People have been saying we’re in the “golden era of television” for years now, but the pandemic made the comfort and escapism of good TV an absolute necessity in 2020. In the halcyon days of January, back when we were hooked on an outlandish reality show about strangers in “pods” getting hitched sight-unseen, who could imagine that a drama about chess would be sustaining us through the isolation of quarantine come fall? Suddenly, all sorts of typical diversions (going to the movies, traveling, attending a party, eating out) were hazardous to your health. Most people realized the safest place to ride out a pandemic is on the couch.
Quarantine also collided with the streaming wars, and the emergence of so many competing services means viewers these days have a near-endless supply of shows to watch. A whole year ago, we were decrying there was too much to possibly stay on top of it all. This year, there was even more — and thank goodness. We needed it. Without further ado, here's a roundup of the TV series that provided some respite from the drudgery and despair of 2020.
The Great (Hulu)
I didn’t know I needed an ahistorical, comedic retelling of the rise of Russia’s Catherine the Great until Tony McNamara delivered it to Hulu this spring. The Great is at once ridiculous and horrible — I'll never rid those beheaded Swedes from my mind’s eye — and at the same time, deeply compelling. In her first comedic role, Elle Fanning projects power and cunning as the titular queen, as she plots a coup against her boorish husband, Emperor Peter III. As played by Nicholas Hoult, the young ruler is a man-child with an insatiable craving for sex and violence. It may not be a historically accurate take on Catherine’s rise to power, but The Great skillfully refracts the past to examine more modern themes. —Kara Weisenstein, Culture Writer
I May Destroy You (HBO)
It's hard to imagine a show that felt more now than HBO's universally celebrated I May Destroy You. Created and written by Michaela Coel, who also stars as Arabella, an influencer-turned-novelist in London, the series takes on from-the-headlines topics like sexual assault, race, and social media. Coel uses the 12-part TV drama format to tell an artful, nuanced story about relationships — romantic, platonic, professional, familial, casual — that's drawn from her own harrowing experience as a survivor. In one pivotal scene Arabella asks, about the untold numbers of abused women in the world: “Can my shout serve their silent screams?” There isn’t an easy answer, of course. But the sound Coel has made with I May Destroy You — so brilliant and so piercing — is impossible to forget. —James Yeh, Culture Editor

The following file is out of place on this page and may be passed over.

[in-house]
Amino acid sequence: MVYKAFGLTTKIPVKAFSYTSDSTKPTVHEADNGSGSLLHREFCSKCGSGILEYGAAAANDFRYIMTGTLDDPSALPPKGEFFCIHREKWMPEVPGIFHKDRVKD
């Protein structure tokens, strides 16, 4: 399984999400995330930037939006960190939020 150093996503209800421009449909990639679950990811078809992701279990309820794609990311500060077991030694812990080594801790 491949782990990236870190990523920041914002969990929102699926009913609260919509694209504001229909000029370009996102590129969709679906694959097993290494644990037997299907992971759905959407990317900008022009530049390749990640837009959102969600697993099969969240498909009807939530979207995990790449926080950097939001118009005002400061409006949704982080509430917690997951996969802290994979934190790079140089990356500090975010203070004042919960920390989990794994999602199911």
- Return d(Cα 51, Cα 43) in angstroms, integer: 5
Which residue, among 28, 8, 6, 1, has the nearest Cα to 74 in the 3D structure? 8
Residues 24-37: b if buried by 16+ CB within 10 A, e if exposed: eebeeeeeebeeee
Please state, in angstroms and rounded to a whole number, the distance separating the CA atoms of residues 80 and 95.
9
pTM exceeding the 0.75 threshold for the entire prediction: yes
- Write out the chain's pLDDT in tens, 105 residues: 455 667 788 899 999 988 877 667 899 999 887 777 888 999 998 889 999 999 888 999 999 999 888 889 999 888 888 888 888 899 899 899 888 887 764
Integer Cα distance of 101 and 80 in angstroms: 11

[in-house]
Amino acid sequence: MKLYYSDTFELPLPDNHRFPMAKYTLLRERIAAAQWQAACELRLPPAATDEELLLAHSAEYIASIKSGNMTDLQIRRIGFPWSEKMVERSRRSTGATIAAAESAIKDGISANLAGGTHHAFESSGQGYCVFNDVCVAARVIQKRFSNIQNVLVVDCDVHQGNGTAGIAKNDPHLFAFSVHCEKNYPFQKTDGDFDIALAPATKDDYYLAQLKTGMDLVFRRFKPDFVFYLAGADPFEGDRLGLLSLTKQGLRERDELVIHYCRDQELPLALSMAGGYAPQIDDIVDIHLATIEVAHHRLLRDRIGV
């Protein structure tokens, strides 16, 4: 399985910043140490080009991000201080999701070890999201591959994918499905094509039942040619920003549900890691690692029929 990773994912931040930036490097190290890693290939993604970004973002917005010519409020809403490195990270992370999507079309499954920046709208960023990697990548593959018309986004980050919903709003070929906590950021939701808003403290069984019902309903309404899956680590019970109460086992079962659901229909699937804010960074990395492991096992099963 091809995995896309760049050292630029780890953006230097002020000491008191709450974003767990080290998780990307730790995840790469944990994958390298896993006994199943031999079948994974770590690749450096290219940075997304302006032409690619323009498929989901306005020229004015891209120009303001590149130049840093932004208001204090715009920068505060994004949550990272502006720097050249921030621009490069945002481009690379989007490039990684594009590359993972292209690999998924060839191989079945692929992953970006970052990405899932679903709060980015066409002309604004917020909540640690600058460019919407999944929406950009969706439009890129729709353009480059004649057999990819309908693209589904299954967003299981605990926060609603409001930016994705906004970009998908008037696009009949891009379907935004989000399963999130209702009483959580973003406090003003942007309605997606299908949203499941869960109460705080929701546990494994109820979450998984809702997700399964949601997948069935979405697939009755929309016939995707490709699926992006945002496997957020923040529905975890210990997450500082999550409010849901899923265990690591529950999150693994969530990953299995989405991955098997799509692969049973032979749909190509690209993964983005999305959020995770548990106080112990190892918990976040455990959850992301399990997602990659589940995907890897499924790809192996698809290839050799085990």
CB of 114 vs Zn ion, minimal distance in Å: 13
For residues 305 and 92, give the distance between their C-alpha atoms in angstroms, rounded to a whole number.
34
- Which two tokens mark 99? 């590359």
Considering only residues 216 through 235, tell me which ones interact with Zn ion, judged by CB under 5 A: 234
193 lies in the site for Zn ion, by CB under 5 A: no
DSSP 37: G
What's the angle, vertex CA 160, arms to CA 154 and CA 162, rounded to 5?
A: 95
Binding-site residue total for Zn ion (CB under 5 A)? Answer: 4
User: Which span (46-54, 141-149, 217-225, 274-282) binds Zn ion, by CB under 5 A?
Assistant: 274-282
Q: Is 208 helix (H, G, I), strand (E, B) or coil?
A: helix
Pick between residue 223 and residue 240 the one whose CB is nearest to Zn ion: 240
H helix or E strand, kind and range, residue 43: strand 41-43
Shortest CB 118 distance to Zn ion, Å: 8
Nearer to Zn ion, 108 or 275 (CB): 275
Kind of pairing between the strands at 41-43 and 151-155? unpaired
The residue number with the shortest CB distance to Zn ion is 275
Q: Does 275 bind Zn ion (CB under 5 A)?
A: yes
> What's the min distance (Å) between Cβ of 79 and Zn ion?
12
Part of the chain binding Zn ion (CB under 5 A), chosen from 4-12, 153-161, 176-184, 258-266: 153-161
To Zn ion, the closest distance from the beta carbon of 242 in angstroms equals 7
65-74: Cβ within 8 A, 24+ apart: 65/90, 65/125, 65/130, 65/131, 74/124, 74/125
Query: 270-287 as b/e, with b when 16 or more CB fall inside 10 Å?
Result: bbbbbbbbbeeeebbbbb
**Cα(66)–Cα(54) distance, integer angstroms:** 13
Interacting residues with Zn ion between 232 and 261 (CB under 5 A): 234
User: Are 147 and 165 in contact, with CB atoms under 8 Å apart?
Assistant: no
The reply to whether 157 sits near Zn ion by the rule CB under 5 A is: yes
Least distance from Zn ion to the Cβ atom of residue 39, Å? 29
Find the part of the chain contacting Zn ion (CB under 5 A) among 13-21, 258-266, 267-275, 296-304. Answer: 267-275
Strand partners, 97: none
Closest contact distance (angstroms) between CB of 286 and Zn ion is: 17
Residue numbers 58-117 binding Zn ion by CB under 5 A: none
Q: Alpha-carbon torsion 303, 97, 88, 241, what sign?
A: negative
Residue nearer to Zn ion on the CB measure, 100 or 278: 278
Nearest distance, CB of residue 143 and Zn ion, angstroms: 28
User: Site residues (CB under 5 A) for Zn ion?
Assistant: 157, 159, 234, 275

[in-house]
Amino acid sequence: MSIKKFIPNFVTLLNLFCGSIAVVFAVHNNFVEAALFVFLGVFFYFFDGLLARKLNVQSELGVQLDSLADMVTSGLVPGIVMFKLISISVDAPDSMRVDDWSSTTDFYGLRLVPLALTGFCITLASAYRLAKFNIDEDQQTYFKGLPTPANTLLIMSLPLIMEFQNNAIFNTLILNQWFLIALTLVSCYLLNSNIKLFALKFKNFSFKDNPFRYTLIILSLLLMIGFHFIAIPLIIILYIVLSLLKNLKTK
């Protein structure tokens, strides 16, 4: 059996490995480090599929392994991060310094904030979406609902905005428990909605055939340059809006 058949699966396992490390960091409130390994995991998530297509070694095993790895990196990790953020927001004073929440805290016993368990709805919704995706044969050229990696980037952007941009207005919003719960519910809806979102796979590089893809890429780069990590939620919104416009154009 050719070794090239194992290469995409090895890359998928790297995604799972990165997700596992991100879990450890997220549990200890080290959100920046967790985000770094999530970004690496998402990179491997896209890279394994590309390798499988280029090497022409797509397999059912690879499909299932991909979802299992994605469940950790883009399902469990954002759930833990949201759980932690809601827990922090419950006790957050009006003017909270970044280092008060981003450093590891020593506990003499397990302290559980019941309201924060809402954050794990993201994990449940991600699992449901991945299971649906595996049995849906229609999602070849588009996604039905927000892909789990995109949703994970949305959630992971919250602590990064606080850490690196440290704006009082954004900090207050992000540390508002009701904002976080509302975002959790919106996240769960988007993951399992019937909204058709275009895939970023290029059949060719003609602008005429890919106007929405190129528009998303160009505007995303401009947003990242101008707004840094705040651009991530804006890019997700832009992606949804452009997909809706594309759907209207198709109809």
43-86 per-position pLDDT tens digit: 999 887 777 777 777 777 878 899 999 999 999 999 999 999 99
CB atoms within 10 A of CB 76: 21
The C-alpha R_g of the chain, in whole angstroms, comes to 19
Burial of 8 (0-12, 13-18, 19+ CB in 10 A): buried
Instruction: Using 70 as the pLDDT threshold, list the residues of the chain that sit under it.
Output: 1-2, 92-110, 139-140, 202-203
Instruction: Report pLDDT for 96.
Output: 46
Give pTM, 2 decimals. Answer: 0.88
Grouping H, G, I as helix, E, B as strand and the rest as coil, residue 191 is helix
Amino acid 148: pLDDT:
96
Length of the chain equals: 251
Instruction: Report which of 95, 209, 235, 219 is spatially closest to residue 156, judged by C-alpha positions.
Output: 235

The American Barbecue Showdown (Netflix)
People really weren’t feeling The Great British Bake Off this year — credit the adult baby guy (Matt Lucas) who replaced Sandi Toksvig, an uninspired final three, or the encroaching pandemic. But luckily there was The American Barbecue Showdown, sitting just outside the frame. Netflix’s first great earnest cooking competition was a calming, aromatic series, filmed early enough to avoid the charade of normalcy in a world that delivered anything but. It was easy to get swept up in the oddities. One second, you’re feeling emotional as a contestant talks about competing to honor his dead friend, Big Worm, and the next, oh, he’s cutting off the sleeves of his shirt to cool down. And then, like every other contestant, he must wear the same shirt in every subsequent episode. Perhaps it’s the extensive time required to pull off a great smoke, the novelty of seeing raccoon and alligator barbecued, or the mutual affection these contestants seem to harbor in a short time frame, but The American Barbecue Showdown was a true panacea. —Shawn Cooke, Culture Writer
The Duchess (Netflix)
I had no idea what The Duchess was about when I started watching it on Netflix, but it didn’t disappoint. The British comedy/drama was created by comedian Katherine Ryan, who also stars in the six-episode series. Ryan, who originally hails from Canada, plays a foul-mouthed single mother with a wardrobe that could almost rival Carrie Bradshaw. Her messy love life and her witty pre-teen daughter made for lots of unexpected laughs. —Erica Euse, Culture Writer
Normal People (Hulu)
We probably didn’t need any extra heartbreak during this long, hard year — but alas, the doomed love story between Marianne and Connell in Hulu’s Normal People proved impossible to resist. The story is exquisite, because it paints a portrait of two young people growing into themselves, while passing in and out of one another’s orbit. It’s terribly realistic, which is what makes the thrills and crushing disappointments of their love affair so compelling. Normal People also introduced actor Paul Mescal as an object of everyone’s quarantine thirst — get a look at the short-shorts and simple chain he wears as Connell and tell me that’s not hot. Sally Rooney's original novel, on which the show is based, is spare and direct in its prose style; it focuses the story on the complex dynamics at play between the lovers. The author helped adapt her book for the screen, but director Lenny Abrahamson’s rich cinematic world elevates the tale by making it a rich visual experience, too. —K.W.